Although parents in a suburban Alabama community argued that their desire to secede from their county school district centered on local control, race was undeniably a motivating factor. Gardendale, a Birmingham suburb composed of predominantly middle-class white residents, had been pushing for years to secede from the predominantly black Jefferson County school district. Proponents argued that the move would give local residents greater say over education decisions and how their tax dollars are spent.

In an April decision, in which District Court Judge Madeline Haikala found that social media posts illustrated “a desire to control the racial demographics” in Gardendale schools, she ruled that the suburban residents could move forward with their secession plans and begin to form their own school district. Last month, the judge stayed her own decision after both the plaintiffs and the Gardendale Board of Education said they intended to appeal.

The Alabama fight has gained national attention as it progresses through the courts, in part because the Jefferson County district has been under a federal desegregation order since the 1960s. Yet secession attempts have gained popularity in communities across the country in recent years, according to a new report released Wednesday by EdBuild, a nonprofit that advocates for education funding equity.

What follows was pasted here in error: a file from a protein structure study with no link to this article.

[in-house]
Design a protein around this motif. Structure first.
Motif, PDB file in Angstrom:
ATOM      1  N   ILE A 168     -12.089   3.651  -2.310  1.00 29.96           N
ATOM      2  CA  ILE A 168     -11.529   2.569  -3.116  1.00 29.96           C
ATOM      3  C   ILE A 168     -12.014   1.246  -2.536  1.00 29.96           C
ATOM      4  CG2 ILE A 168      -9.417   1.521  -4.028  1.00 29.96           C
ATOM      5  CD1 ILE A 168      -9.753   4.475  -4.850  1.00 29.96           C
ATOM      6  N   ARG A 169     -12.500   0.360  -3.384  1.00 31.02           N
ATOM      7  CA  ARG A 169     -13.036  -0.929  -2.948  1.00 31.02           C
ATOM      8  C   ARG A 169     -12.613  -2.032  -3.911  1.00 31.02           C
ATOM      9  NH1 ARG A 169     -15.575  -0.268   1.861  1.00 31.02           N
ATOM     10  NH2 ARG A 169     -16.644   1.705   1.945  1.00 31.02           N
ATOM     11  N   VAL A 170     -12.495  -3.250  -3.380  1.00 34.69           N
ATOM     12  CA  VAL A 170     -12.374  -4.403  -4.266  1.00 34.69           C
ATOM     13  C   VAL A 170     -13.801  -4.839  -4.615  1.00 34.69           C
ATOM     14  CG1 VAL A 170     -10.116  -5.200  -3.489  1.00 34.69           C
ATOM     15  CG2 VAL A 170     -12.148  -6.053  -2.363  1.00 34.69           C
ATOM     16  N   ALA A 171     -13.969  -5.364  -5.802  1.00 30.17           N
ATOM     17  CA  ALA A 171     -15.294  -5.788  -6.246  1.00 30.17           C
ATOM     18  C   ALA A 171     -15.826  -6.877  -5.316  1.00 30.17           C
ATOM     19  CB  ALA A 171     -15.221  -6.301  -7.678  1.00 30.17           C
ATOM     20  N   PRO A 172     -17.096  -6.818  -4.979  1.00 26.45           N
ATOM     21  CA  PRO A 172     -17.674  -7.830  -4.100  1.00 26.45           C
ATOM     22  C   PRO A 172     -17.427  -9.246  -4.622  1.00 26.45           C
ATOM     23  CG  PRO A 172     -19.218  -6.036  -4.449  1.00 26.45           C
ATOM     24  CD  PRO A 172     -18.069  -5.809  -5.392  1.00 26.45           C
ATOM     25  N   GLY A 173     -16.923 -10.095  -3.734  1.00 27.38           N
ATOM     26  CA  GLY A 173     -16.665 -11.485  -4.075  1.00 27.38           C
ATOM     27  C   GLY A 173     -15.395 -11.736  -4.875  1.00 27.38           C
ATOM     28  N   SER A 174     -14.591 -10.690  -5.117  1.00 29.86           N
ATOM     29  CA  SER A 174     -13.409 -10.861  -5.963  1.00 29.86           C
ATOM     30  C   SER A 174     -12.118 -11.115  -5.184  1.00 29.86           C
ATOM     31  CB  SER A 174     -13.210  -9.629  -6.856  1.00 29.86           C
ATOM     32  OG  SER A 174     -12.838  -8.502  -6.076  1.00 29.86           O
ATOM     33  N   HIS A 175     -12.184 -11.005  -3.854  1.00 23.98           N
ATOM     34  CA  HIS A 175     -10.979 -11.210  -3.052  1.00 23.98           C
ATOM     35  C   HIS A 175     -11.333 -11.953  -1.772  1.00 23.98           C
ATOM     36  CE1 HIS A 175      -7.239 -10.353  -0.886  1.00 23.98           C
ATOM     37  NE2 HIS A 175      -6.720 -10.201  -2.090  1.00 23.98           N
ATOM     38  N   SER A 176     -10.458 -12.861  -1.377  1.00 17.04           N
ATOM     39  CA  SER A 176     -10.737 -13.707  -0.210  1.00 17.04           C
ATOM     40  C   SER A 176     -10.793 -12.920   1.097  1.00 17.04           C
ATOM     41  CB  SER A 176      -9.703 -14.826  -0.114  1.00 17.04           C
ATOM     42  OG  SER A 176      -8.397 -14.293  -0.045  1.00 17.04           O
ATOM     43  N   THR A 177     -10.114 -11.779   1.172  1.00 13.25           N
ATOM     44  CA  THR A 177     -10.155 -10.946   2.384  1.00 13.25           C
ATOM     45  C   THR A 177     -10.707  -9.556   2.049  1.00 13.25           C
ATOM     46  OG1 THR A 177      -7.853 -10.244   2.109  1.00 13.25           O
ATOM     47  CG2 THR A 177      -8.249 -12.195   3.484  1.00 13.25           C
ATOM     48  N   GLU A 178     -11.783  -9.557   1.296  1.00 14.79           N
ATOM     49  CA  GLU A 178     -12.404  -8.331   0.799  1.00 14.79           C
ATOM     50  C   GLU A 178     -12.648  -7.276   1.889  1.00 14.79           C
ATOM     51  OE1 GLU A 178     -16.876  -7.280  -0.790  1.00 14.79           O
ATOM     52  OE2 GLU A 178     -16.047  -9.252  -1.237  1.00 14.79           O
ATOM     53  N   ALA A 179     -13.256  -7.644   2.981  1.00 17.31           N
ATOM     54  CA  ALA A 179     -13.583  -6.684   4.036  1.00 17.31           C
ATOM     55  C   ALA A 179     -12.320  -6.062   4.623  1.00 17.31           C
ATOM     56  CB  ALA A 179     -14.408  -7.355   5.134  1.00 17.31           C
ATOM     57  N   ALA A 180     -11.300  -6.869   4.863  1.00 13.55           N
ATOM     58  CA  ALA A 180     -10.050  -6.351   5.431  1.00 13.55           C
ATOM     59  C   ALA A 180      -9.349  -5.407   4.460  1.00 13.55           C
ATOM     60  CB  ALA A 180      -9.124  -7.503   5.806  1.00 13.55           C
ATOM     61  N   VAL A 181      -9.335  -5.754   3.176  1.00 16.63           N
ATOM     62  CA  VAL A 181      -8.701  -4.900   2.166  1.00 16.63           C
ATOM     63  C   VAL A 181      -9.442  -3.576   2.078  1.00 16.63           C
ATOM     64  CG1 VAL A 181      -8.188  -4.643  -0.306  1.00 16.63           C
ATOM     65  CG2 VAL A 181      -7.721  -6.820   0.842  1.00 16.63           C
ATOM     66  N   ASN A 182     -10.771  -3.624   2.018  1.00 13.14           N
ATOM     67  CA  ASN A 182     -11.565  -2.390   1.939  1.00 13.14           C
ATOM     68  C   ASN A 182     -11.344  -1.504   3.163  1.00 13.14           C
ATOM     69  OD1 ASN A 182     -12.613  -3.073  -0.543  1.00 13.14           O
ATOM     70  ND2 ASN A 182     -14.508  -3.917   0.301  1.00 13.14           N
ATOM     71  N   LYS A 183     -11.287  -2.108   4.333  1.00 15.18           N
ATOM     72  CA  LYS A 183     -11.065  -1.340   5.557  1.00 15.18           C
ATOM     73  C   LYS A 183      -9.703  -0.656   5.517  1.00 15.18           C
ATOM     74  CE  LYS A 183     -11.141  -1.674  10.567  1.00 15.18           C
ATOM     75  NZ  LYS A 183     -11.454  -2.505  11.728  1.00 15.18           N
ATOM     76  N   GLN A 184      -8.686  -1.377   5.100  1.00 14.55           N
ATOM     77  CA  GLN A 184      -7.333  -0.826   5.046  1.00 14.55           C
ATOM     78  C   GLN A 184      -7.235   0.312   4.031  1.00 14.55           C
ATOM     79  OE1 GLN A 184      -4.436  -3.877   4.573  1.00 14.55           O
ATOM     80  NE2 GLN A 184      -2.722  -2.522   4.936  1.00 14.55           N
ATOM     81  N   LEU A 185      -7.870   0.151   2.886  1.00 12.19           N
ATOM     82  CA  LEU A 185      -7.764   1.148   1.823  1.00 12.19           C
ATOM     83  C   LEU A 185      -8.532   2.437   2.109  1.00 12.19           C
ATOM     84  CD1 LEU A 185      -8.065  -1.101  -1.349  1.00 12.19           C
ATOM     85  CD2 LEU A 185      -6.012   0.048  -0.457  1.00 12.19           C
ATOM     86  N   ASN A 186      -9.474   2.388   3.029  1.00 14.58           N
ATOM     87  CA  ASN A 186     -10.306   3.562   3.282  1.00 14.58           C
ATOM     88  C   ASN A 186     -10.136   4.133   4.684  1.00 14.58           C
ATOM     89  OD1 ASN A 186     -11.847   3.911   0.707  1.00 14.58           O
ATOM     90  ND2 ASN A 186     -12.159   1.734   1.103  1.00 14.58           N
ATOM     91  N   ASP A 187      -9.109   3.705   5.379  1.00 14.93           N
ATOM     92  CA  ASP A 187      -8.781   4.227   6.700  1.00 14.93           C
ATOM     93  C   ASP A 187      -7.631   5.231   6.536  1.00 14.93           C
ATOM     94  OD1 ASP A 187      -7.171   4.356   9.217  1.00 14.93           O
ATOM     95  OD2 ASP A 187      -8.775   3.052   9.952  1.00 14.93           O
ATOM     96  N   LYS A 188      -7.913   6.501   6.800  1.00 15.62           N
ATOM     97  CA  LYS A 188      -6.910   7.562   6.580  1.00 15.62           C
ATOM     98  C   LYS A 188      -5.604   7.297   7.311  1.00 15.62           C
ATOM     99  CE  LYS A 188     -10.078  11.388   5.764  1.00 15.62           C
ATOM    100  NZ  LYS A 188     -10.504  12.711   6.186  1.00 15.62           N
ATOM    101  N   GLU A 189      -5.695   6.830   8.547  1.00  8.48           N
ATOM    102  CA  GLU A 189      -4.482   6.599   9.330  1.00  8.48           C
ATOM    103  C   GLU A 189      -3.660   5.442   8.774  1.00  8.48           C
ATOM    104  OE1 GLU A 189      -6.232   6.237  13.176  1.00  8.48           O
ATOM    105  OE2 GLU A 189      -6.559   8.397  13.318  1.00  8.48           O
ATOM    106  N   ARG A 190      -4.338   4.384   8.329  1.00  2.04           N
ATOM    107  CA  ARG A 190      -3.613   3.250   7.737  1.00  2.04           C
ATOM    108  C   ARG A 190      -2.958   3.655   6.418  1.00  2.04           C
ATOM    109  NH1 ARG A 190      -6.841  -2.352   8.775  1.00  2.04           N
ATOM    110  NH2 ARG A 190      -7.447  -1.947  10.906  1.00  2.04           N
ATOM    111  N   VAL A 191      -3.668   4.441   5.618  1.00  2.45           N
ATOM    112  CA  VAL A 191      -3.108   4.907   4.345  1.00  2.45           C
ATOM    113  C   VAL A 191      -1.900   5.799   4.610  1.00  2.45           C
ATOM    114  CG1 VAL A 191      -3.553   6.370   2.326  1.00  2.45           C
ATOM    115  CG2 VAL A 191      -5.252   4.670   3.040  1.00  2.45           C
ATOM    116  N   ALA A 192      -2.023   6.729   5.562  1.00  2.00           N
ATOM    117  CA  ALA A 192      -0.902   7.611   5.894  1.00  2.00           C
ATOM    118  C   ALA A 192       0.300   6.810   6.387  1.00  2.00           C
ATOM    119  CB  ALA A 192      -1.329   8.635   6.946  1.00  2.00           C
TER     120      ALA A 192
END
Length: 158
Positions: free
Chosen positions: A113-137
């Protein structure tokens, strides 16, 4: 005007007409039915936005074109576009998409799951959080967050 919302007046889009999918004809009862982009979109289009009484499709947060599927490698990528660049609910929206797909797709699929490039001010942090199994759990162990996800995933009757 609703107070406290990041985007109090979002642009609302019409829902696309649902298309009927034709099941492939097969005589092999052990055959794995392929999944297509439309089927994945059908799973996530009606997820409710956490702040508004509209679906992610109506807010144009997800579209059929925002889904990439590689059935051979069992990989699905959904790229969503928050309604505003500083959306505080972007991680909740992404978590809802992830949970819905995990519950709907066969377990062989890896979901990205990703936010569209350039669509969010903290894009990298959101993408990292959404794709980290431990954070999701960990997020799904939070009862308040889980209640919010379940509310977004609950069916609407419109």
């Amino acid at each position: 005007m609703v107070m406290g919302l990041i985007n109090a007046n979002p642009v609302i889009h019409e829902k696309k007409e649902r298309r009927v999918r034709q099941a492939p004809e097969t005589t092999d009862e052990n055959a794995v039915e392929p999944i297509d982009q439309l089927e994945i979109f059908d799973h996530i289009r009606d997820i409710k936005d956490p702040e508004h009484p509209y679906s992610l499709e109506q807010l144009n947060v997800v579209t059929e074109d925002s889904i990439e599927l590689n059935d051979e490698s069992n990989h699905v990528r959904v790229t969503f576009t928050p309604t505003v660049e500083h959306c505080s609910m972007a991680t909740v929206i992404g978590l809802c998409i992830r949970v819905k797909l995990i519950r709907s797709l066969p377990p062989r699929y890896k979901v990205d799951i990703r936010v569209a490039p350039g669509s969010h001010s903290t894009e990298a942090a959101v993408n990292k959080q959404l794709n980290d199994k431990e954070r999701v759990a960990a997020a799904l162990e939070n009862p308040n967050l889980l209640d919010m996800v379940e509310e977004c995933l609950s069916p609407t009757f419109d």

Since 2000, at least 71 communities nationwide have attempted to withdraw from their school district, and 47 have been successful, according to the group’s analysis. Residents in nine additional communities are pursuing a similar separation. These efforts, the report notes, often create bastions of wealth, leaving behind districts with high poverty and poor funding.

EdBuild, a nonprofit that advocates for education funding equity, found 30 states with laws that allow communities to secede from their school districts. Yet only six states require policymakers to consider how the move would affect racial and socioeconomic demographics in the district, and only nine states require a study of the financial impacts of splitting communities. Of states with laws allowing secession, approval processes differ: Some require a majority vote among neighborhood members, while legislative approval is necessary in others.

“Legislatures are complicit and sometimes actively enabling these things to happen,” said Rebecca Sibilia, EdBuild’s founder and CEO. “There are states that are going backward in allowing communities to just segregate themselves either along socioeconomic or race lines without having any meaningful check on whether or not that’s going to have a negative effect on the students who will be left behind.”

Read the full article about when communities secede from school districts by Mark Keierleber at The 74.